Virtual Lecture: Fighter Command’s Lost Opportunity – Doctrine, Dogma and Fighter Escort

07 July 2022

At 6PM on Thursday 7 July 2022, Paul Stoddart considers the strategic, operational, technological and human aspects of the RAF approach to fighter escort and how it missed a major opportunity that might have helped shorten the war. The lecture will be live-streamed online via Crowdcast.

Talk Outline

In the Battle of Britain, RAF Fighter Command achieved lasting fame through the efforts of ‘The Few’ to contest and win control of the air. Thereafter, Fighter Command fades from the history of RAF operations in the Second World War with the focus shifting to Bomber Command’s night campaign against Germany.

After 1940, Fighter Command continued to be allotted significant resources despite the many demands of other theatres and roles. Yet these considerable reserves of aircraft, pilots and the associated support facilities achieved relatively little during the rest of the conflict. Fighter sweeps were flown extensively over northern France in 1941 though these efforts were costly and unproductive. Ironically, a potential highly important role for Fighter Command was never seriously considered and a great opportunity was lost.

The United States Army Air Forces’ 8th Air Force flew extensive daylight bombing missions from late 1942 incurring heavy losses during missions deep into Germany. Senior USAAF commanders demanded why Fighter Command’s very large fleet of Spitfires could not provide escort to 8thAir Force’s bombers. However, the Air Ministry’s response was based on its doctrine-based policy that long-range fighter escort was not viable. This doctrine was applied dogmatically and little attempt was made to analyse whether the concept was achievable. This view persisted even when the USAAF proved that it was.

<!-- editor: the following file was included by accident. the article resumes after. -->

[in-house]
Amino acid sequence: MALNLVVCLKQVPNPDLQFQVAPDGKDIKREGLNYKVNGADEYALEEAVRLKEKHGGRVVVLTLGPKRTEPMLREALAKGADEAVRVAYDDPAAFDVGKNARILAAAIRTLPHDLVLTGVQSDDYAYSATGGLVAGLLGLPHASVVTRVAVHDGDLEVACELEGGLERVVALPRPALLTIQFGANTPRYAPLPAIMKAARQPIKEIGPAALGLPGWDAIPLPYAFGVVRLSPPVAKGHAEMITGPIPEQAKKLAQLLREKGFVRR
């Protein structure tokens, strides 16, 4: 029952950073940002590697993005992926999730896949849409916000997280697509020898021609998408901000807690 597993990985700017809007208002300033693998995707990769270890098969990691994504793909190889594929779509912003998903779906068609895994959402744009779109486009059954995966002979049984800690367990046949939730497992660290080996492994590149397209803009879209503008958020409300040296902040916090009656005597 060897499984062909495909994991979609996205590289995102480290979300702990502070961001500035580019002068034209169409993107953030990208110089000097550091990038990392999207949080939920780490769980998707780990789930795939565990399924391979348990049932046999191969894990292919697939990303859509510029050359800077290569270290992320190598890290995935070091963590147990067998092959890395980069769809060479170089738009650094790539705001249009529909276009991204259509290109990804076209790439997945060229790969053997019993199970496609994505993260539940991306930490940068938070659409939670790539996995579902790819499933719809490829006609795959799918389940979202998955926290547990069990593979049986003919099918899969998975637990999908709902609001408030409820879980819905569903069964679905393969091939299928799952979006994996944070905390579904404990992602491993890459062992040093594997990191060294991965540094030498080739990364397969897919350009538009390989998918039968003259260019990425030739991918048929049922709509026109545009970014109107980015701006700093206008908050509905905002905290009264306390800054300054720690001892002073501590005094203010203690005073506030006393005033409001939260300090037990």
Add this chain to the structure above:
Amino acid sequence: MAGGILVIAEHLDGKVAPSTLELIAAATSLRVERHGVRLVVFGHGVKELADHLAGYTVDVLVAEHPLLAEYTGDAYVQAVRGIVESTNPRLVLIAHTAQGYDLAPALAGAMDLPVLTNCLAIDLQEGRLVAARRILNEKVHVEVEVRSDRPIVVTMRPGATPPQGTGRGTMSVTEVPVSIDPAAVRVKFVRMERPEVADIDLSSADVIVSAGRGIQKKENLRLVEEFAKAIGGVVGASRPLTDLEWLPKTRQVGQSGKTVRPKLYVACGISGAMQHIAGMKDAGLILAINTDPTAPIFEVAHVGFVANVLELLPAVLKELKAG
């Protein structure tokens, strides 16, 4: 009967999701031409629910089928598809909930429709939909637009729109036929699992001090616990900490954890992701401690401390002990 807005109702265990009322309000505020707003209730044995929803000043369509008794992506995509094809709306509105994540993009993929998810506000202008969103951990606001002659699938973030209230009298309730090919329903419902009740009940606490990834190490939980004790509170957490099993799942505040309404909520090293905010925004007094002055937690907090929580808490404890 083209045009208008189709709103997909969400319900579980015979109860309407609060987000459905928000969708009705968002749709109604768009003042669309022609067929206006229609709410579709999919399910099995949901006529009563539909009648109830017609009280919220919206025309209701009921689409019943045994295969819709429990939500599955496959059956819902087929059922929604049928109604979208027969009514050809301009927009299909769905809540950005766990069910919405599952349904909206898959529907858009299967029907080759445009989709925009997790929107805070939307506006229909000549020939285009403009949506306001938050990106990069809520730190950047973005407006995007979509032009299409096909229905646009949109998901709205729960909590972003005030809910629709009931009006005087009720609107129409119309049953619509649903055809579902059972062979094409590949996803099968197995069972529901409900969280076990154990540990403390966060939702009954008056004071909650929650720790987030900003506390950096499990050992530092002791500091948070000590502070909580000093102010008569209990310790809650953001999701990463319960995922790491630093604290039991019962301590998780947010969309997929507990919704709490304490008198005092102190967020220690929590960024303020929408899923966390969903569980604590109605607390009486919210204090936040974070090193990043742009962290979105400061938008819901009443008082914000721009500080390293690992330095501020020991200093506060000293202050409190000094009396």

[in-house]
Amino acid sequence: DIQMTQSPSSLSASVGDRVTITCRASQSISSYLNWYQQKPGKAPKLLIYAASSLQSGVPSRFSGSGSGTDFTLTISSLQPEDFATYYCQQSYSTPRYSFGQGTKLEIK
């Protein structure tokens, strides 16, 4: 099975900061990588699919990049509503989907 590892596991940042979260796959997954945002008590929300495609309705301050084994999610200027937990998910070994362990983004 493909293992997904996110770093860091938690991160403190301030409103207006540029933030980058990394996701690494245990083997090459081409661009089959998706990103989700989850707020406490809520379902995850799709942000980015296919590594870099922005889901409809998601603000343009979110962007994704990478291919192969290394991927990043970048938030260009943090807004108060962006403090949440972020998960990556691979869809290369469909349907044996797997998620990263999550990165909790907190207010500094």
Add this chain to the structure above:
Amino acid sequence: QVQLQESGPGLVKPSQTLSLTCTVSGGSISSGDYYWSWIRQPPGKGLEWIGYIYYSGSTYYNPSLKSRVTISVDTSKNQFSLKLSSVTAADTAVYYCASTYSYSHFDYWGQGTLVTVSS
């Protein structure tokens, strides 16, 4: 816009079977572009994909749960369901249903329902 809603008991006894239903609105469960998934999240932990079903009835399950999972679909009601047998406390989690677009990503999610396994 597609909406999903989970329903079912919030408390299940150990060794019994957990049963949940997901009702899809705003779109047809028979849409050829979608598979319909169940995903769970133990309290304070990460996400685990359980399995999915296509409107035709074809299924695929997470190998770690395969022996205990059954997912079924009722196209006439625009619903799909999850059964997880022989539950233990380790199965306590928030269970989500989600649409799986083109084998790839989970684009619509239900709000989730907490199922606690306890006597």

The eventual effectiveness of the 8th Air Force’s daylight campaign was made possible through long-range escort fighters such as the P-47 thunderbolt and P-51 Mustang. The Americans also modified a Spitfire to greatly extend its range yet the Air Ministry’s response was less than enthusiastic.

This paper considers the strategic, operational, technological and human aspects of the RAF approach to fighter escort and how it missed a major opportunity that might have helped shorten the war.

Location

The lecture will be live-streamed on the RAF Museum Crowdcast channel on Thursday 7 July 2022. This lecture will begin at 6PM.

Tickets

This lecture is free to attend via the RAF Museum’s Crowdcast channel but registration is required. Booking is quick and easy:
Book Now for this free lecture

To access the lecture you may need to check your internet browser is compatible. It is currently reported that Google Chrome provides the best experience for using Crowdcast.

About Paul Stoddart

Paul Stoddart was commissioned into the Royal Air Force in 1983 as an aero-systems engineer officer.  He served on the VC-10 and Hawk and as directing staff on Initial Officer Training at the RAF College Cranwell.  After leaving the RAF, he worked as a journalist on a car magazine before joining the Ministry of Defence as an analyst.  He was at Farnborough on the Tornado successor programme and Boscombe Down as the programme manager for Harrier and Sea Harrier clearance trials.  He attended the Joint Services Command & Staff College gaining an MA degree in Defence Studies from King’s College London.  Paul is a Fellow of the RAeS and a member of the RAeS Air Power Group and Aviation Heritage Group committees.

He has written and lectured on a range of air power and military aircraft subjects. He organised RAeS conferences on the 1943 Dams Raid, the future of UK air power and air power in 1944 north-western Europe. He presented the RAFM Trenchard Lectures at the University of Wolverhampton in November 2019, on the utility of air power at the strategic level, and In November 2021, on RAF aircraft procurement 1945 to 1955.

About the RAF Museum Research Programme

The RAF Museum’s 2022 research programme includes Lunchtime Lectures at the RAF Museum, Cosford; Air Power Lectures, co-organised with the Centre for War and Diplomacy at Lancaster University; Air Power Seminars, co-organised with the University of Wolverhampton; and the Trenchard Lecture series, hosted at the Royal Aeronautical Society. You can attend these lectures in person or join us online as we live-stream from the venue.

The RAF Museum will also be hosting virtual only lectures throughout 2022. You can find more information on our virtual lectures, and our Crowdcast Channel, by visiting https://www.rafmuseum.org.uk/virtual-events/virtual-lectures/


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